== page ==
UK Prime Minister and Afghan President sign UK-Afghanistan strategic partnership

Prime Min­is­ter David Cameron and Afghan Pres­i­dent Hamid Karzai met at Che­quers, Mr Cameron’s coun­try res­i­dence, where they signed an endur­ing strate­gic part­ner­ship between the UK and Afghanistan.

War­riors from the Afghan Nation­al Army head out on patrol with sup­port from British sol­diers (stock image) [Pic­ture: Sergeant Ali­son Baskerville, Crown Copyright/MOD 2011]
Source: Min­istry of Defence, UK
Click to enlarge

The part­ner­ship is a sym­bol of the UK and Afghanistan’s shared vision for a secure, sta­ble and pros­per­ous Afghanistan able to main­tain its own secu­ri­ty and to pre­vent the coun­try from again being used as a safe haven for inter­na­tion­al terrorists. 

It reaf­firms both coun­tries’ com­mit­ment to peace, democ­ra­cy and respect for human rights, and sets out our agree­ment to con­tin­ue to co-oper­ate on polit­i­cal dia­logue, secu­ri­ty, gov­er­nance, devel­op­ment and cul­tur­al links. 

The sign­ing of the part­ner­ship on Sat­ur­day 28 Jan­u­ary 2012 builds on the Inter­na­tion­al Afghanistan Con­fer­ence in Bonn last year where the inter­na­tion­al com­mu­ni­ty sent a strong mes­sage of com­mit­ment to Afghanistan’s long-term future. 

It shows that the UK will have a wide-rang­ing rela­tion­ship with Afghanistan which will con­tin­ue beyond the tran­si­tion of secu­ri­ty con­trol to Afghan forces and the draw­down of inter­na­tion­al com­bat troops by the end of 2014. 

Speak­ing from Che­quers at the week­end, the Prime Min­is­ter said: 

“The build-up of the Afghan Nation­al Army and Afghan Police Force is very much on tar­get and that is going to be one of the keys to the future sta­bil­i­ty and secu­ri­ty of Afghanistan. We also want to have a long-term rela­tion­ship with Afghanistan long after our com­bat troops have come home and that will hap­pen at the end of 2014.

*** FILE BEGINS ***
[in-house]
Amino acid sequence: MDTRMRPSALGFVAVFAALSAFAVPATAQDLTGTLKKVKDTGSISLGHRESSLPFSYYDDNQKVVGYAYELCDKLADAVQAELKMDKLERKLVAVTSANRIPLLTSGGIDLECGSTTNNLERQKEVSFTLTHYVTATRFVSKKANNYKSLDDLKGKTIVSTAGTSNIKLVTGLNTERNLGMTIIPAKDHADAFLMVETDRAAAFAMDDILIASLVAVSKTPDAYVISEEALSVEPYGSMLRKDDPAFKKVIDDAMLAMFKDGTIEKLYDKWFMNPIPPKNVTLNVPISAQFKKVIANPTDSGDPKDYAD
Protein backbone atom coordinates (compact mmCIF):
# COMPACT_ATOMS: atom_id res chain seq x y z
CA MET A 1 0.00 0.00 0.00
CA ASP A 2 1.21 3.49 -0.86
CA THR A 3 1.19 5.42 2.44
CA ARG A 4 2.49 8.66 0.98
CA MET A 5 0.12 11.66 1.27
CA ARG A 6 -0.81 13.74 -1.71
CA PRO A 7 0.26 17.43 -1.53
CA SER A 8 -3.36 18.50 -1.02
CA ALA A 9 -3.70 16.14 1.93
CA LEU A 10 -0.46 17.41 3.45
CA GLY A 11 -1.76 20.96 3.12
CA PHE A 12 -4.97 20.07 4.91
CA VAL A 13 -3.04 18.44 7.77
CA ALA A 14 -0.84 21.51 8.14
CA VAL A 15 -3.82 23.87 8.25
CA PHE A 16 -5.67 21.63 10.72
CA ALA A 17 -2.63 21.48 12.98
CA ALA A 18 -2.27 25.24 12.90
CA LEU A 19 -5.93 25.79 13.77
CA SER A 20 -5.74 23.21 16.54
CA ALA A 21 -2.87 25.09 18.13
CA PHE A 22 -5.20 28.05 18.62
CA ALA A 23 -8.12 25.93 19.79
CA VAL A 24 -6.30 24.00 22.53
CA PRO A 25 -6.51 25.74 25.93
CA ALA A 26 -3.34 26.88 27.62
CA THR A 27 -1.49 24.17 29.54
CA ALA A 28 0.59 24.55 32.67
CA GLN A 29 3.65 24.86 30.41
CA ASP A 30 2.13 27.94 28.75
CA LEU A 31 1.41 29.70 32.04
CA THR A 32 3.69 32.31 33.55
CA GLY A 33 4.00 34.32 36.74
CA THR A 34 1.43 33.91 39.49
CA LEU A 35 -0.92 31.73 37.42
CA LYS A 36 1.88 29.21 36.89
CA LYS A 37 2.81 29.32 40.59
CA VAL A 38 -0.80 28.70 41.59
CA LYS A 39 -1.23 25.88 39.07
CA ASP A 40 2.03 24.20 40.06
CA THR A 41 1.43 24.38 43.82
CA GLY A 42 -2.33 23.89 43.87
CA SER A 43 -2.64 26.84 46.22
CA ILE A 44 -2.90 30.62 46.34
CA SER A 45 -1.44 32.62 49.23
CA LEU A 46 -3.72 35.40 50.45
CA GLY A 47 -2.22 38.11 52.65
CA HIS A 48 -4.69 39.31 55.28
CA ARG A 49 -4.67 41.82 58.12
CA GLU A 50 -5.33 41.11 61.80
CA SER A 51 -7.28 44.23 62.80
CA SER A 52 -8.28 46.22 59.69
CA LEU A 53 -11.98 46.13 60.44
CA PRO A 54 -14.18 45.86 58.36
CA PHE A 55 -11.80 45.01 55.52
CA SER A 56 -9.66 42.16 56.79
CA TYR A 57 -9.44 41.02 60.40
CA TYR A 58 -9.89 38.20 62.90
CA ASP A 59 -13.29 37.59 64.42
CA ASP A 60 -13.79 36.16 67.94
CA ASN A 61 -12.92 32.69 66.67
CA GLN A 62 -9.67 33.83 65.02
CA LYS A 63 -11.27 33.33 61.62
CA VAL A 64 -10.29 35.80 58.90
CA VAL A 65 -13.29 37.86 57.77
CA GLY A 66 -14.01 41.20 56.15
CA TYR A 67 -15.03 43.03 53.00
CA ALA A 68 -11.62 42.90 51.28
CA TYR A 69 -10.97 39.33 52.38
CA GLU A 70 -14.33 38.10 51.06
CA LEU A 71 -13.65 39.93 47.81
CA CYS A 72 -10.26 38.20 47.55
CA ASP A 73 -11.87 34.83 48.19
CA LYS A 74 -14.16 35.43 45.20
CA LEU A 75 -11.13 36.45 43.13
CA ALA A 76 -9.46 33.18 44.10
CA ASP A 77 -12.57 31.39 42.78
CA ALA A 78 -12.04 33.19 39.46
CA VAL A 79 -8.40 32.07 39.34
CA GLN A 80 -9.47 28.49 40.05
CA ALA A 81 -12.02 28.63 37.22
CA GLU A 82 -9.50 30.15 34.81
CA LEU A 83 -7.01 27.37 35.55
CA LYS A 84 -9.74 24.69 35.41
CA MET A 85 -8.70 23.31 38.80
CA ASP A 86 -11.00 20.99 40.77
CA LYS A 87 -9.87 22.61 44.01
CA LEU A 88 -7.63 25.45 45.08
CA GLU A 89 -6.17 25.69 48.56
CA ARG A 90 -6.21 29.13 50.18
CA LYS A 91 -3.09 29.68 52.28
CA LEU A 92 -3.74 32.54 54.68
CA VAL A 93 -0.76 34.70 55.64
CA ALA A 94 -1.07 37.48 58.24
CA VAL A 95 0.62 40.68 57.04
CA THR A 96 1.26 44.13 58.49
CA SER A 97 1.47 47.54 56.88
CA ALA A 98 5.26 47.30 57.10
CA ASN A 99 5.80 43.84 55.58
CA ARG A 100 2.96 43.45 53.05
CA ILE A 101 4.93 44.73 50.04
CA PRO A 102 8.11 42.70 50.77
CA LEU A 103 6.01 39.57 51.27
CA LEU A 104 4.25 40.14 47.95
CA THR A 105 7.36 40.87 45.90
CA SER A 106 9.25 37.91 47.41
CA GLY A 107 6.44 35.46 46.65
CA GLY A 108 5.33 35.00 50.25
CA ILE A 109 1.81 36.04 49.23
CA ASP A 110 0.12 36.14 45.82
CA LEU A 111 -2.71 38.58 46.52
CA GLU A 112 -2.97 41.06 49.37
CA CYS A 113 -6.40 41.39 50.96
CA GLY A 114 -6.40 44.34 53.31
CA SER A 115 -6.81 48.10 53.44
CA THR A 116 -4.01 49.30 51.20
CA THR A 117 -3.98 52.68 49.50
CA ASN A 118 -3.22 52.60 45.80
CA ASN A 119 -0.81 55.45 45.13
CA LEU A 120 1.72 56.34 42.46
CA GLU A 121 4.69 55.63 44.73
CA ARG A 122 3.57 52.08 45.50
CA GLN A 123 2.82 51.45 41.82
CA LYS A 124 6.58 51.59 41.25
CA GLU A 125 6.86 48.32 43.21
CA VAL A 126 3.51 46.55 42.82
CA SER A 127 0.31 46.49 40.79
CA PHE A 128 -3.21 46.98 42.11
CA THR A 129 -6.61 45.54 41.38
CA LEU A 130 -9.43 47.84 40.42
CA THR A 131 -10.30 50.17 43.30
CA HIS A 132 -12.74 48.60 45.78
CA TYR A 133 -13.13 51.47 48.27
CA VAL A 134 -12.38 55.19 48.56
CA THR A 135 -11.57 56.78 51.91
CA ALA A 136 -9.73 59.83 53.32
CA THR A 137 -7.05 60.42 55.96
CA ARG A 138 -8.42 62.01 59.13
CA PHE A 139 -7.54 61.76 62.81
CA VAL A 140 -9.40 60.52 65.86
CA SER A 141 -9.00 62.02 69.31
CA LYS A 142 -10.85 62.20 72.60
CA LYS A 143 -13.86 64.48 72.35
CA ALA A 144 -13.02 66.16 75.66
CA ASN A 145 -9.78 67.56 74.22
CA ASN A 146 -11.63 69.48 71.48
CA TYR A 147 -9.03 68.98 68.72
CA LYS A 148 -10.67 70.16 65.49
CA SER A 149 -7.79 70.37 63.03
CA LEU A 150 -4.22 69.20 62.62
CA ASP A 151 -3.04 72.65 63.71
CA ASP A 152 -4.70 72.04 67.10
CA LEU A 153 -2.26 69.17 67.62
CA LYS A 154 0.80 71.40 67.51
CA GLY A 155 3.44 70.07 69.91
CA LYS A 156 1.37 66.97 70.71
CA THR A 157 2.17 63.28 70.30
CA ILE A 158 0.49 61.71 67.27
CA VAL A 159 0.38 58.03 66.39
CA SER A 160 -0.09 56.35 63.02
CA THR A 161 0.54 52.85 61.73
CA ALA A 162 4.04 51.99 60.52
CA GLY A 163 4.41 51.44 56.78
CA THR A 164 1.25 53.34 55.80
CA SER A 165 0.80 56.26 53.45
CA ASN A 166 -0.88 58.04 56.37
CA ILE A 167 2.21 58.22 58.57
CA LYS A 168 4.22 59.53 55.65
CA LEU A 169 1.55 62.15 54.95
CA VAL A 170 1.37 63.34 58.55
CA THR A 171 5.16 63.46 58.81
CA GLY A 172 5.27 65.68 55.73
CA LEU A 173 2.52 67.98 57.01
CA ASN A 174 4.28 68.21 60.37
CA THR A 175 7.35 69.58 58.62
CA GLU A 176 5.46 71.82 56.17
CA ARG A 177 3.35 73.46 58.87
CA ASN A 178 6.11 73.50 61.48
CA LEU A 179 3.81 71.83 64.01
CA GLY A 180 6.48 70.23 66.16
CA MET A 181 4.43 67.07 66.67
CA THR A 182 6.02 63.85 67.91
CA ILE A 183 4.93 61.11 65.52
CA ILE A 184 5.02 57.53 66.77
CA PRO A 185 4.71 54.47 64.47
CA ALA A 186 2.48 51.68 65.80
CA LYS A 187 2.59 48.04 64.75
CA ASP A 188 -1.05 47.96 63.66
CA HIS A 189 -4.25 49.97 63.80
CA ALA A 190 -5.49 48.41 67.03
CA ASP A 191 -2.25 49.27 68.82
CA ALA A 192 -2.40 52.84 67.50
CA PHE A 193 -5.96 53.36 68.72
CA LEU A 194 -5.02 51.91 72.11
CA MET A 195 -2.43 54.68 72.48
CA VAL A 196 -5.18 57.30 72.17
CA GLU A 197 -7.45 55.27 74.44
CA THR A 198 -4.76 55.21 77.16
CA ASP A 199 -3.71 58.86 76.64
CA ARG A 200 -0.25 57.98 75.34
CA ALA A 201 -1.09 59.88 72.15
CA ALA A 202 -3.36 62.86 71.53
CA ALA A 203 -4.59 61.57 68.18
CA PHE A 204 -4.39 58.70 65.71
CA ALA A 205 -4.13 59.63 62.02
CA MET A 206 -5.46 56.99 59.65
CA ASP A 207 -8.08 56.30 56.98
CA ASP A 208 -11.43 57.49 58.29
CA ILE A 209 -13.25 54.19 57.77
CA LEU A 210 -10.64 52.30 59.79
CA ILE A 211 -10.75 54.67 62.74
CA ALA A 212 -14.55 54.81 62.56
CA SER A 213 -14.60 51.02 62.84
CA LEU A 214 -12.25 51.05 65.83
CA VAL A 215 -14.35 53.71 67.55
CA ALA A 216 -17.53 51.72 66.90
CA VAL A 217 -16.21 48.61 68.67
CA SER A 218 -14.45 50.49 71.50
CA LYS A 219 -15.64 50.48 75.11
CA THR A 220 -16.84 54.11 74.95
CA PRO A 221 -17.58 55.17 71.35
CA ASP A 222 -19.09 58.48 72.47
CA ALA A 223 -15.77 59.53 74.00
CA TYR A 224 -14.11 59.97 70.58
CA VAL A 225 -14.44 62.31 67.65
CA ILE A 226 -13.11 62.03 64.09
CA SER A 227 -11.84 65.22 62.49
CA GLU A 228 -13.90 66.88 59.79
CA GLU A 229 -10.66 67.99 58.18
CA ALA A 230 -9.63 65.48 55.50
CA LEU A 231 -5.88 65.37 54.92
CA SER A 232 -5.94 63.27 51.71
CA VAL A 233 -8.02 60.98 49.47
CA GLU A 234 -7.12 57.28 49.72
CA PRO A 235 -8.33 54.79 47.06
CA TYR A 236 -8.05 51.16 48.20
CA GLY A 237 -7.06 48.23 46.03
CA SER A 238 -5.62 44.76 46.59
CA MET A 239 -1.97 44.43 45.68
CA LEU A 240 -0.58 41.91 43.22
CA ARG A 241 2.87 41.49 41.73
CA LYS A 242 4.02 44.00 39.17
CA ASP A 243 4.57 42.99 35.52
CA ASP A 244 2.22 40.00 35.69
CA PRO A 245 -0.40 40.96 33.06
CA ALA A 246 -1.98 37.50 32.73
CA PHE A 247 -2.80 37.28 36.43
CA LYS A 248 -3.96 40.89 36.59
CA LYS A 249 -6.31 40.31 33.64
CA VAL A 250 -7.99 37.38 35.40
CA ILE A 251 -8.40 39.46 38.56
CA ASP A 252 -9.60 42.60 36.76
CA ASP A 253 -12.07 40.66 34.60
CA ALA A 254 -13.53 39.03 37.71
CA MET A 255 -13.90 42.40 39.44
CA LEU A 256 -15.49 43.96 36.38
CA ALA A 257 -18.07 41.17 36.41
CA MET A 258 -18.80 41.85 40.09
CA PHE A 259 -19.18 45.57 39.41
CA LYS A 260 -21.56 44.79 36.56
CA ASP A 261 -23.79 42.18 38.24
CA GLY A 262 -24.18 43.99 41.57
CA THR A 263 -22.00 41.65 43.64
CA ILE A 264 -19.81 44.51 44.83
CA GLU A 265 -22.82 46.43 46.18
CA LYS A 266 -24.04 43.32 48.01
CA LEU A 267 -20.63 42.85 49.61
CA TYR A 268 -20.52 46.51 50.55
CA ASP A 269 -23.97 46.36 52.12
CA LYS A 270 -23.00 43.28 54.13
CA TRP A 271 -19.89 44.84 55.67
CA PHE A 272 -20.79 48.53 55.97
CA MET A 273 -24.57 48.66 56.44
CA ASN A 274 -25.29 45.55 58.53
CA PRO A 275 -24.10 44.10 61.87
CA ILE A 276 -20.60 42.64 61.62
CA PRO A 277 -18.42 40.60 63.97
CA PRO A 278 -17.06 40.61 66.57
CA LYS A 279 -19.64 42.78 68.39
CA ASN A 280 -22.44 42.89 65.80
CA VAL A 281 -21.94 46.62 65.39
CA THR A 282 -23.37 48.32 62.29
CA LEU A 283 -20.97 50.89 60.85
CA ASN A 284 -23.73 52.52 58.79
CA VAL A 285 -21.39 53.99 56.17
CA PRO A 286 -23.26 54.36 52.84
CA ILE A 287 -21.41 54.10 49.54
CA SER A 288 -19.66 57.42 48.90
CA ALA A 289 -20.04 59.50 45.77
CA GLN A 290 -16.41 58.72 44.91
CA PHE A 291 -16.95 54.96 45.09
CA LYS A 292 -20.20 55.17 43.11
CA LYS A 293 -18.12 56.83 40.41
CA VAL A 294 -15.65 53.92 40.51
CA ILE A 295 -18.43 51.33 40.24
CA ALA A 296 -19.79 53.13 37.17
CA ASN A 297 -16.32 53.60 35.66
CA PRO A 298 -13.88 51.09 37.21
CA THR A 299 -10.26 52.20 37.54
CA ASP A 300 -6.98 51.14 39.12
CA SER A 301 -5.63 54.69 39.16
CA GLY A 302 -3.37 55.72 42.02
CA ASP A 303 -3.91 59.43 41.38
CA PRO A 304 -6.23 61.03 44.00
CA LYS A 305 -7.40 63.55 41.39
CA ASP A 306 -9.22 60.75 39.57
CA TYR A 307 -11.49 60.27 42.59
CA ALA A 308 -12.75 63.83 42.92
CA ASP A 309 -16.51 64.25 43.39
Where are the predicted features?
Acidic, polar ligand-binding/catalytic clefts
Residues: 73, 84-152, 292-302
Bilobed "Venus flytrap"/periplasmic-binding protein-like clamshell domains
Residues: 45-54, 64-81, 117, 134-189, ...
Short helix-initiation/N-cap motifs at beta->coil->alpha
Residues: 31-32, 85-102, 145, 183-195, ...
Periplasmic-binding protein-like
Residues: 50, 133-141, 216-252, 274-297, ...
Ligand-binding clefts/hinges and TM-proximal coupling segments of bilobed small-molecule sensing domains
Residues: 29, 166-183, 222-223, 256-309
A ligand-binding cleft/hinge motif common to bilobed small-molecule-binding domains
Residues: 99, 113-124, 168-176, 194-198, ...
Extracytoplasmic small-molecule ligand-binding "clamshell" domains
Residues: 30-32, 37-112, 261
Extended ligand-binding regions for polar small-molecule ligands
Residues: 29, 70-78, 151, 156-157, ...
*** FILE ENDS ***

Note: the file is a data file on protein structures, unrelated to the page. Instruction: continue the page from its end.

“We will have a long-term rela­tion­ship that will be based on the friend­ship of two sov­er­eign nations. That will be a rela­tion­ship about diplo­ma­cy, about aid, about trade, about invest­ment, and about very strong two-way diplo­mat­ic ties and con­ver­sa­tions like we’ve been hav­ing today [Sat­ur­day].”

Pres­i­dent Karzai thanked the Prime Min­is­ter and the peo­ple of Britain for their help in cre­at­ing a bet­ter, more secure Afghanistan. He said: 

“The sig­na­ture today [Sat­ur­day] of the agree­ment between us towards a long-term rela­tion­ship will take us into a future where Afghanistan will ben­e­fit from the assis­tance and co-oper­a­tion and help of Britain towards becom­ing a fun­da­men­tal­ly strong demo­c­ra­t­ic state free of ter­ror­ism and eco­nom­i­cal­ly bet­ter off.” 

The UK strong­ly sup­ports the Afghan Government’s efforts to achieve a more inclu­sive polit­i­cal process and take for­ward rec­on­cil­i­a­tion with those who are will­ing to renounce vio­lence, break with Al-Qae­da and respect the Afghan con­sti­tu­tion. At their meet­ing on Sat­ur­day, the two lead­ers also dis­cussed fur­ther reforms nec­es­sary, par­tic­u­lar­ly on the polit­i­cal track, to enable long-term sta­bil­i­ty in Afghanistan. 

The Prime Min­is­ter said: 

“I think part of achiev­ing that is not just what we are doing on the ground in Afghanistan with all the NATO part­ners, not just the long-term dis­cus­sions that we’ve been hav­ing but also the need — as the Pres­i­dent and I have often spo­ken about — for a polit­i­cal process that ensures that all Afghans, if they give up vio­lence, if they give up ter­ror, can play a part in a strong Afghan demo­c­ra­t­ic con­sti­tu­tion­al state for the future.” 

Mr Cameron reit­er­at­ed that the pace of the tran­si­tion of secu­ri­ty respon­si­bil­i­ty from the inter­na­tion­al coali­tion to Afghan secu­ri­ty forces will depend on the sit­u­a­tion on the ground. He said: 

“…between now and 2014 there will be oppor­tu­ni­ties for dif­fer­ent coun­tries to reduce their num­bers. Britain has her­self reduced our troop num­bers over the last year. I don’t want to see some sort of cliff edge in 2014 when all the remain­ing troops come out at once but clear­ly between now and 2014 the rate at which we can reduce our troops will depend on the tran­si­tion to Afghan con­trol in the dif­fer­ent parts of Afghanistan. 

“And that should be the same for all of the mem­bers of NATO who are all con­tribut­ing and help­ing towards a strong, sta­ble, peace­ful Afghanistan which is in all our interests.” 

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